As the hearing has unfolded today at the Senate Judiciary Committee with Dr. Christine Blasey Ford testifying that she is “one hundred percent” certain that Supreme Court nominee Brett Kavanaugh sexually assaulted her in high school, the response from many women to the systematic gaslighting of the professor and research psychologist has been frustration, anger, even reliving trauma. Despite the 27 years that have passed since the Anita Hill hearings and the more recent successes of the #MeToo movement, many see this as evidence that nothing has changed — that any woman who reports sexual assault will be dismissed, impugned, and degraded.
And it’s not just men doing the dismissing. A group of Republican women who recently stepped forward to dismiss Ford’s claims reinforced this as well — claiming alternately that she was unreliable, jealous, and even if the violent assault she described happened, that this is normal, everyday behavior for young men. “Tell me what boy hasn’t done this in high school,” said one. “Please, I would like to know.”
In the midst of this swirling tempest of misogyny, both internalized and regular flavor, another voice emerged to minimize Ford’s heartbreaking testimony: Rachel Butera, the voice actress for General Leia in the upcoming animated television series Star Wars: Resistance. In a now-deleted tweet, Butera posted a video where she repeatedly mocks Ford’s voice during the professor’s testimony.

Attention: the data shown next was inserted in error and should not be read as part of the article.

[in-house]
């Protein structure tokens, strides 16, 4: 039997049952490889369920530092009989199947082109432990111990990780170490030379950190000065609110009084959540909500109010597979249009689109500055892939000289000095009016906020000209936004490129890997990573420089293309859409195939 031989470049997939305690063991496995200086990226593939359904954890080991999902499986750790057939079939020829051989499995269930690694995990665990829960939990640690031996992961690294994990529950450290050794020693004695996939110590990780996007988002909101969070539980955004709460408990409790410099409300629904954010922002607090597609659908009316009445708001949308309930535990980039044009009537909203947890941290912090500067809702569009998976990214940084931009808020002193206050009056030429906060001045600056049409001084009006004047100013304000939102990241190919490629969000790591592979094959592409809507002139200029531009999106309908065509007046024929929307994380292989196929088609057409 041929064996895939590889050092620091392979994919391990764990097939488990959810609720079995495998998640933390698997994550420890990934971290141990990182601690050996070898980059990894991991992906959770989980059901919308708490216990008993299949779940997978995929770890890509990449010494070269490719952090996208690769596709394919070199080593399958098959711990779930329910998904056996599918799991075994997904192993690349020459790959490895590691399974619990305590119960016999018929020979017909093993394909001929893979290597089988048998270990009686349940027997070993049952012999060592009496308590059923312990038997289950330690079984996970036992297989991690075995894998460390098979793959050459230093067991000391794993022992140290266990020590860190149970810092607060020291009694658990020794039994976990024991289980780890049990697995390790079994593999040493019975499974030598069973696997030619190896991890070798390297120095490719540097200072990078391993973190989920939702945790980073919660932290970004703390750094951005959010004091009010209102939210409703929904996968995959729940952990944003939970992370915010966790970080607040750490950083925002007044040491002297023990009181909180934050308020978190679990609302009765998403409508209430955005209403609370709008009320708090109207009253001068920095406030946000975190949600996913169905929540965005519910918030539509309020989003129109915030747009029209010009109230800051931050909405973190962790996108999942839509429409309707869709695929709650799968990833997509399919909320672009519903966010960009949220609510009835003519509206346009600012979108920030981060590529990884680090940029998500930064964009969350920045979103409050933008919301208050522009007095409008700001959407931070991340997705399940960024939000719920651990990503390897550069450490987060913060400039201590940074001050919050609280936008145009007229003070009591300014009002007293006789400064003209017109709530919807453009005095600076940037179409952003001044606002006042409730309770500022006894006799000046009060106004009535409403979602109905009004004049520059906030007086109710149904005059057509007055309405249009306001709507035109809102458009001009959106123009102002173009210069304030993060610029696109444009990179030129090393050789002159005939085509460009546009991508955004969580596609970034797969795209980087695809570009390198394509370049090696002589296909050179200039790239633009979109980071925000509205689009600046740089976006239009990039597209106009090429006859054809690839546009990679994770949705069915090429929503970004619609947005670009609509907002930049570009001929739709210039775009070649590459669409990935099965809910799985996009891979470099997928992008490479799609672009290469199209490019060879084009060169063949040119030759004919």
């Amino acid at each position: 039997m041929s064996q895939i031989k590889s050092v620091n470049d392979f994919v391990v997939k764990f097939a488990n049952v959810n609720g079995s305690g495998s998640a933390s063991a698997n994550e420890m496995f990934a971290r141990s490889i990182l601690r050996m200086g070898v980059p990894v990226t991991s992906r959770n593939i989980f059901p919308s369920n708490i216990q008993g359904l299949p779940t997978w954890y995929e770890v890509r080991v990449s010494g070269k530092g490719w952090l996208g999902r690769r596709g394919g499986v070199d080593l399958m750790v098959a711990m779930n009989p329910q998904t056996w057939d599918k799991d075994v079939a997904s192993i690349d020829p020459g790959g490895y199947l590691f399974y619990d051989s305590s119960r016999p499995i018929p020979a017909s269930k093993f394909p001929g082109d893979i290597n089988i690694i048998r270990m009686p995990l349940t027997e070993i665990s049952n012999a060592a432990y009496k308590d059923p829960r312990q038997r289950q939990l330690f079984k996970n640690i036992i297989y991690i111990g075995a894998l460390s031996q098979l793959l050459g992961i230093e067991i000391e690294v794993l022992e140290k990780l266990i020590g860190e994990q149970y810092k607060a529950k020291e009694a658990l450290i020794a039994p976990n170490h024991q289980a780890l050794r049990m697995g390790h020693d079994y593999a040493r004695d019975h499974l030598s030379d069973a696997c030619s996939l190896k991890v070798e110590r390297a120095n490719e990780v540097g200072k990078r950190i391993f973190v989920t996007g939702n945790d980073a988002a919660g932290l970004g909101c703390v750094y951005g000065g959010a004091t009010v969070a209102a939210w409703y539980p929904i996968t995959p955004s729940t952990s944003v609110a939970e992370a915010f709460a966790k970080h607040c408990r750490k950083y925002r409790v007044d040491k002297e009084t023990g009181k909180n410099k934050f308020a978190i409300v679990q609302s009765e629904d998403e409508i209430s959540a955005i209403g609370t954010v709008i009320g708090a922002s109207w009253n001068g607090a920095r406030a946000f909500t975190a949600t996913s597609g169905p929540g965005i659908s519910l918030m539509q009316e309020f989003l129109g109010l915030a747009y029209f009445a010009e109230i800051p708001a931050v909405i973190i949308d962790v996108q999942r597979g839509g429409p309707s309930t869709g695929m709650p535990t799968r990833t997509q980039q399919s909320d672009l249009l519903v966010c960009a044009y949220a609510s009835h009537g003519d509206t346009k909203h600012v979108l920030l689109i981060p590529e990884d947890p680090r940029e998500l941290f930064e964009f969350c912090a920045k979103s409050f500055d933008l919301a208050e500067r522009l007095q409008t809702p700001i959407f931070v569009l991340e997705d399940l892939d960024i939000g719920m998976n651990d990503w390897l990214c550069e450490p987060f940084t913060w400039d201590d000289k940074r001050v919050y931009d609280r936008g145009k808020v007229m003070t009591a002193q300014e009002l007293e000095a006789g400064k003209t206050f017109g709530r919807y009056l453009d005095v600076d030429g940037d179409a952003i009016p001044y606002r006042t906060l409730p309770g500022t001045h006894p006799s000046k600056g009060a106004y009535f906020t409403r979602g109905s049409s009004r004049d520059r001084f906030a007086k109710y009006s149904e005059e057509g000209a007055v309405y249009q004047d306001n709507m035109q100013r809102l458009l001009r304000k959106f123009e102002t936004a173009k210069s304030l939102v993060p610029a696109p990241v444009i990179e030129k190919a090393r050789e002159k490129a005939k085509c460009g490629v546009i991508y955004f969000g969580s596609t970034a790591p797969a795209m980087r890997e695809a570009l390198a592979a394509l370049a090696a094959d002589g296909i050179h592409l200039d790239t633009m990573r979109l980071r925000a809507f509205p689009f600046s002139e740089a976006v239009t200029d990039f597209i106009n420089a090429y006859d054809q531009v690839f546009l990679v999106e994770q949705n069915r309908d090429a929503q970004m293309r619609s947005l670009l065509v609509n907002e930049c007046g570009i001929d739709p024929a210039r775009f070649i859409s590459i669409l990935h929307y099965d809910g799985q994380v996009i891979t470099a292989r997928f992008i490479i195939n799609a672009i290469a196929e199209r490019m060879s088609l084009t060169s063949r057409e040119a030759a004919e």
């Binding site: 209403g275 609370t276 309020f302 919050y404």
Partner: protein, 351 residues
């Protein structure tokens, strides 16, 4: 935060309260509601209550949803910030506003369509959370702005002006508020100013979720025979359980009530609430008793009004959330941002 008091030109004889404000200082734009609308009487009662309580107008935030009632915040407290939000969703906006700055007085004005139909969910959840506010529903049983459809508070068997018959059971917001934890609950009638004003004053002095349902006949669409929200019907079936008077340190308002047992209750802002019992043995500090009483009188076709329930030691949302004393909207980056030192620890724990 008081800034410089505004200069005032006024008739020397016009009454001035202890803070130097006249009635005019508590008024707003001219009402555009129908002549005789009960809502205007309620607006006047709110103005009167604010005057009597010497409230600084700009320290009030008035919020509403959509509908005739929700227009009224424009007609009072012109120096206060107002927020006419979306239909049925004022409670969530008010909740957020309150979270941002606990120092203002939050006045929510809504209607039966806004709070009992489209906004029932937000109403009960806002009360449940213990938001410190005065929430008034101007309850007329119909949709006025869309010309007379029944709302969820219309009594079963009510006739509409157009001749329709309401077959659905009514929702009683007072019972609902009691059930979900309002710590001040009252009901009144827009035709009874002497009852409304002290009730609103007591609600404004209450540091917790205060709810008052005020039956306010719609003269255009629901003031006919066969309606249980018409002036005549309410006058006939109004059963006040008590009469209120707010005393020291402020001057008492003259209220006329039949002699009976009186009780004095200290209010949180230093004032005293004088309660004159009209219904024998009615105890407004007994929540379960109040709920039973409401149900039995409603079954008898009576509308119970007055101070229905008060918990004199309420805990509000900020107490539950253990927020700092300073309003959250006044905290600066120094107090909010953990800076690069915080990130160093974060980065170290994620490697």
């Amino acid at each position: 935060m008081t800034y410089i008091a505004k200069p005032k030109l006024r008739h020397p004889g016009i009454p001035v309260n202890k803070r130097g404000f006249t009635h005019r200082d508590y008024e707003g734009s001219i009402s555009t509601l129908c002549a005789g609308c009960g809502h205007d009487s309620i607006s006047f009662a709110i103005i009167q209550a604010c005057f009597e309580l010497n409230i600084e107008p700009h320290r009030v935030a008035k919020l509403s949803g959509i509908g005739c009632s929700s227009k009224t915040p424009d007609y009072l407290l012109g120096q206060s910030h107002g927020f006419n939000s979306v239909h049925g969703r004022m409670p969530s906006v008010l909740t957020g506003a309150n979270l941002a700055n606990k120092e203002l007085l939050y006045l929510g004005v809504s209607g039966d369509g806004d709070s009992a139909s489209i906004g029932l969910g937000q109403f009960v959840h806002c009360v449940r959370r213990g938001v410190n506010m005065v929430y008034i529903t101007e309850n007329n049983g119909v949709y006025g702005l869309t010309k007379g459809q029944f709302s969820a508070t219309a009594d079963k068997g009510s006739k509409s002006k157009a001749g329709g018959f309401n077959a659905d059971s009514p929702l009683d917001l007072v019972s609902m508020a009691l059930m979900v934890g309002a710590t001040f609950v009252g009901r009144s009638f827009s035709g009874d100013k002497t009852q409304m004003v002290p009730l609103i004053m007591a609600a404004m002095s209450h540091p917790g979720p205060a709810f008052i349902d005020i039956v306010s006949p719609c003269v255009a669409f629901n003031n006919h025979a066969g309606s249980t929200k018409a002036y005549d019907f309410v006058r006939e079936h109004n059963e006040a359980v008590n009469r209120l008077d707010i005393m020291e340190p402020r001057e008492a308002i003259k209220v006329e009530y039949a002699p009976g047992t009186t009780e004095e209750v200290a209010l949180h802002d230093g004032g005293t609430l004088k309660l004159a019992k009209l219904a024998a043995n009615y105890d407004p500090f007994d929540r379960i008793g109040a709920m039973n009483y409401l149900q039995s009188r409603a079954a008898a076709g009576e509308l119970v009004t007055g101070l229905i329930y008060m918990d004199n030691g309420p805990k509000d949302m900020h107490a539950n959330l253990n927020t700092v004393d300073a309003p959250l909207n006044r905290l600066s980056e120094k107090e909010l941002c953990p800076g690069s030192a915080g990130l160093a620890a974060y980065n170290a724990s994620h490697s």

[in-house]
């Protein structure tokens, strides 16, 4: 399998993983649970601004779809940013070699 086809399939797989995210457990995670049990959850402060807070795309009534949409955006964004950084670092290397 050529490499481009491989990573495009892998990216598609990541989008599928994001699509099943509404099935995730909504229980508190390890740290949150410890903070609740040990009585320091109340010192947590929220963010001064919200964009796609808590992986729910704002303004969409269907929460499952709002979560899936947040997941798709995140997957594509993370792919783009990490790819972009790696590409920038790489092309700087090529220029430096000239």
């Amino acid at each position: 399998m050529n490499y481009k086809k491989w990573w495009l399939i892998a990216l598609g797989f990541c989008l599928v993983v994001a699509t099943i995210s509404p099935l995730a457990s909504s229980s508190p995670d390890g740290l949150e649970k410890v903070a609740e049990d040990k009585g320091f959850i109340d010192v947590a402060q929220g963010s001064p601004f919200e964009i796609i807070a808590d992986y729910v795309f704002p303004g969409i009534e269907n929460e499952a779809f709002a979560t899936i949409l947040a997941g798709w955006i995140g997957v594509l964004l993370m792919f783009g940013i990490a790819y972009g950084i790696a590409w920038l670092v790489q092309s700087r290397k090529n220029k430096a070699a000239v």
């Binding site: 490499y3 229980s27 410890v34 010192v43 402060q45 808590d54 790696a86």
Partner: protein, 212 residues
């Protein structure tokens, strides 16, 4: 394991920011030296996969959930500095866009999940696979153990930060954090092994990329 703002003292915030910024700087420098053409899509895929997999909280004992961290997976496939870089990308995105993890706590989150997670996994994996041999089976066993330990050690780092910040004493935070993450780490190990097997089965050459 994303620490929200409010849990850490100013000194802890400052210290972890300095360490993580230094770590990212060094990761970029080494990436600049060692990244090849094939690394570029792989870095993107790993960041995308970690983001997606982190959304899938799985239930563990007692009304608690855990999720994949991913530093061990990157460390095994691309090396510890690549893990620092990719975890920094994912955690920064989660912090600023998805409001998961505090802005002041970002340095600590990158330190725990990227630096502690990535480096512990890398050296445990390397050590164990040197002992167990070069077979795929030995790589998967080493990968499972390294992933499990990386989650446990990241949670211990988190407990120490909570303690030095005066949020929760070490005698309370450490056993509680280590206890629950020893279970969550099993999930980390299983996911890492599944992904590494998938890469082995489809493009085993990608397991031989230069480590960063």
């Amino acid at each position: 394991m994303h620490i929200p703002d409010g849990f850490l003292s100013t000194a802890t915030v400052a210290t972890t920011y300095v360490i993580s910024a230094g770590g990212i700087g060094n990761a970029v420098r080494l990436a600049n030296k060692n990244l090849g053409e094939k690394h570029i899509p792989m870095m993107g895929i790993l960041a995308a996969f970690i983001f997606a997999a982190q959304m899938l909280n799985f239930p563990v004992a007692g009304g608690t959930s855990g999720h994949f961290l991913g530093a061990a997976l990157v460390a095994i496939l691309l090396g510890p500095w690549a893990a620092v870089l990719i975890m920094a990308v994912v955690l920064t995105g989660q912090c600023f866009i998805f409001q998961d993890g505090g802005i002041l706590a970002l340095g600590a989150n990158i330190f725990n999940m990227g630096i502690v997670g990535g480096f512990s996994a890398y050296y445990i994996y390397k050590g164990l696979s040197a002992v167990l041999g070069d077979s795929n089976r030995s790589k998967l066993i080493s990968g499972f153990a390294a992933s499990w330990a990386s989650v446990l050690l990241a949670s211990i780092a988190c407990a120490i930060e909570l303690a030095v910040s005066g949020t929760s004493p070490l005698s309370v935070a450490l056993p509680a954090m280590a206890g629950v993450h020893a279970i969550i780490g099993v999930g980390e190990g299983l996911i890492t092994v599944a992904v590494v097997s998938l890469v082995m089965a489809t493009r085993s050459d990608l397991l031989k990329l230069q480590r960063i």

“This is how I sound,” Butera imitates in a high pitch. “I know it’s a surprise to even me that I talk this way and I’m a doctor and a grown woman. I sound like I’m still back at that high school party. I can’t help it. I just have this kind of a voice, like a baby, even though I’m a doctor and I’m on this media circus political stage and I have kids myself. I don’t know why I speak with vocal fry. But you can listen to my testimony and hear that a grown woman sounds this way.”
It’s stunningly insensitive: attacking a woman testifying about an alleged sexual assault as her voice breaks with emotion while describing traumatic events that she says “drastically altered my life” and “have been seared into my memory.” If she were still alive, it would almost surely have infuriated original Leia actress Carrie Fisher, an ardent feminist who spoke loudly and often about the importance of valuing the ideas of women over more superficial qualities.
It’s also a familiar avenue of sexist criticism. Just ask nearly any woman who has worked on the radio or a podcast how routinely they are criticized not for the substance of their work, but for the tone of their voices. Again and again, they are told that vocal qualities and tics like higher pitch, upspeak, and vocal fry — which are usually associated with women — are worthy of condescension and invalidating to the speaker. Which is to say what Butera says in her video: the more stereotypically female you sound, the less credible and worthy of respect you are.
There have been many bizarre attempts to invalidate Ford, including questions that implied she might be unreliable and untrustworthy because she had to overcome a fear of flying in order to travel to Washington, DC. Mocking and infantilizing Ford simply because her voice was high-pitched and quavering while describing an alleged sexual assault is further evidence of how deeply entrenched sexism is in our culture, particularly when it comes to believing women.
While this type of critique is most often directed at younger women by older men, the video by Butera (who has since locked her Twitter account) proves exactly what that group of Republican women proved when they dismissed Ford: that while men may lead the way when it comes to reinforcing sexism, women are plenty capable of it, too.
By Laura Hudson